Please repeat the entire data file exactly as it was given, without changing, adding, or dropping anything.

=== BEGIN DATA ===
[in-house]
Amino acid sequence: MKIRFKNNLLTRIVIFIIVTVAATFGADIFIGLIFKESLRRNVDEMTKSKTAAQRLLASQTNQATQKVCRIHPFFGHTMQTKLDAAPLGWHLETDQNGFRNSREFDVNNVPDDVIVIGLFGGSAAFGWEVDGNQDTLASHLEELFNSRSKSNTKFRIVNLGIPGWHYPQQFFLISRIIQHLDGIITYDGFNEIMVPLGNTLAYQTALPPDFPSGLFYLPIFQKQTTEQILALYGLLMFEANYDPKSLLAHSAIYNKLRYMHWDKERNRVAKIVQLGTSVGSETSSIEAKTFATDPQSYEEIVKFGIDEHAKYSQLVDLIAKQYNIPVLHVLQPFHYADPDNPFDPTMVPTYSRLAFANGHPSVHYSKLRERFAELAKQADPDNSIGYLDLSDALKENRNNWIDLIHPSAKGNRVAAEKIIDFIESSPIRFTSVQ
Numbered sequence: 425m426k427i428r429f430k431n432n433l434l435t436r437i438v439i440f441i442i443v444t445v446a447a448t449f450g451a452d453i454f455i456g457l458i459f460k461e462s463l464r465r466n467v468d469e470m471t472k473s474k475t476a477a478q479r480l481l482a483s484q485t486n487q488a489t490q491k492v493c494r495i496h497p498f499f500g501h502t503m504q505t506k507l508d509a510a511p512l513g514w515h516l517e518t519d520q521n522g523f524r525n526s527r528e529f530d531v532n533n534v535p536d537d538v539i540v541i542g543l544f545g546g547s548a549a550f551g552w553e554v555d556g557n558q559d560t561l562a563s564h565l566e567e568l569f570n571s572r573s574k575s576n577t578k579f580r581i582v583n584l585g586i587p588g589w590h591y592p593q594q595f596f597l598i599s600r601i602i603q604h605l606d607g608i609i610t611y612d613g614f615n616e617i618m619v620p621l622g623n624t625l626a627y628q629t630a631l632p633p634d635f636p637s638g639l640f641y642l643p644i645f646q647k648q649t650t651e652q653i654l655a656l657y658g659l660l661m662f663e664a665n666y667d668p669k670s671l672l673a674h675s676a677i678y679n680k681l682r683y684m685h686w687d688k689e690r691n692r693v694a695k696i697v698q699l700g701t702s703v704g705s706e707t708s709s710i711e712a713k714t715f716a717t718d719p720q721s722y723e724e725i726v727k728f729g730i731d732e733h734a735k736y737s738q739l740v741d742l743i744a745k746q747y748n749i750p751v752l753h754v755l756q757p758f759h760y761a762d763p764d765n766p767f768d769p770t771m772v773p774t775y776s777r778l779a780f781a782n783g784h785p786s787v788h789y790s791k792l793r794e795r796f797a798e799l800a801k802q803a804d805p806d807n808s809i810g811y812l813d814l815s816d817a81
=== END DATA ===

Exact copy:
[in-house]
Amino acid sequence: MKIRFKNNLLTRIVIFIIVTVAATFGADIFIGLIFKESLRRNVDEMTKSKTAAQRLLASQTNQATQKVCRIHPFFGHTMQTKLDAAPLGWHLETDQNGFRNSREFDVNNVPDDVIVIGLFGGSAAFGWEVDGNQDTLASHLEELFNSRSKSNTKFRIVNLGIPGWHYPQQFFLISRIIQHLDGIITYDGFNEIMVPLGNTLAYQTALPPDFPSGLFYLPIFQKQTTEQILALYGLLMFEANYDPKSLLAHSAIYNKLRYMHWDKERNRVAKIVQLGTSVGSETSSIEAKTFATDPQSYEEIVKFGIDEHAKYSQLVDLIAKQYNIPVLHVLQPFHYADPDNPFDPTMVPTYSRLAFANGHPSVHYSKLRERFAELAKQADPDNSIGYLDLSDALKENRNNWIDLIHPSAKGNRVAAEKIIDFIESSPIRFTSVQ
Numbered sequence: 425m426k427i428r429f430k431n432n433l434l435t436r437i438v439i440f441i442i443v444t445v446a447a448t449f450g451a452d453i454f455i456g457l458i459f460k461e462s463l464r465r466n467v468d469e470m471t472k473s474k475t476a477a478q479r480l481l482a483s484q485t486n487q488a489t490q491k492v493c494r495i496h497p498f499f500g501h502t503m504q505t506k507l508d509a510a511p512l513g514w515h516l517e518t519d520q521n522g523f524r525n526s527r528e529f530d531v532n533n534v535p536d537d538v539i540v541i542g543l544f545g546g547s548a549a550f551g552w553e554v555d556g557n558q559d560t561l562a563s564h565l566e567e568l569f570n571s572r573s574k575s576n577t578k579f580r581i582v583n584l585g586i587p588g589w590h591y592p593q594q595f596f597l598i599s600r601i602i603q604h605l606d607g608i609i610t611y612d613g614f615n616e617i618m619v620p621l622g623n624t625l626a627y628q629t630a631l632p633p634d635f636p637s638g639l640f641y642l643p644i645f646q647k648q649t650t651e652q653i654l655a656l657y658g659l660l661m662f663e664a665n666y667d668p669k670s671l672l673a674h675s676a677i678y679n680k681l682r683y684m685h686w687d688k689e690r691n692r693v694a695k696i697v698q699l700g701t702s703v704g705s706e707t708s709s710i711e712a713k714t715f716a717t718d719p720q721s722y723e724e725i726v727k728f729g730i731d732e733h734a735k736y737s738q739l740v741d742l743i744a745k746q747y748n749i750p751v752l753h754v755l756q757p758f759h760y761a762d763p764d765n766p767f768d769p770t771m772v773p774t775y776s777r778l779a780f781a782n783g784h785p786s787v788h789y790s791k792l793r794e795r796f797a798e799l800a801k802q803a804d805p806d807n808s809i810g811y812l813d814l815s816d817a81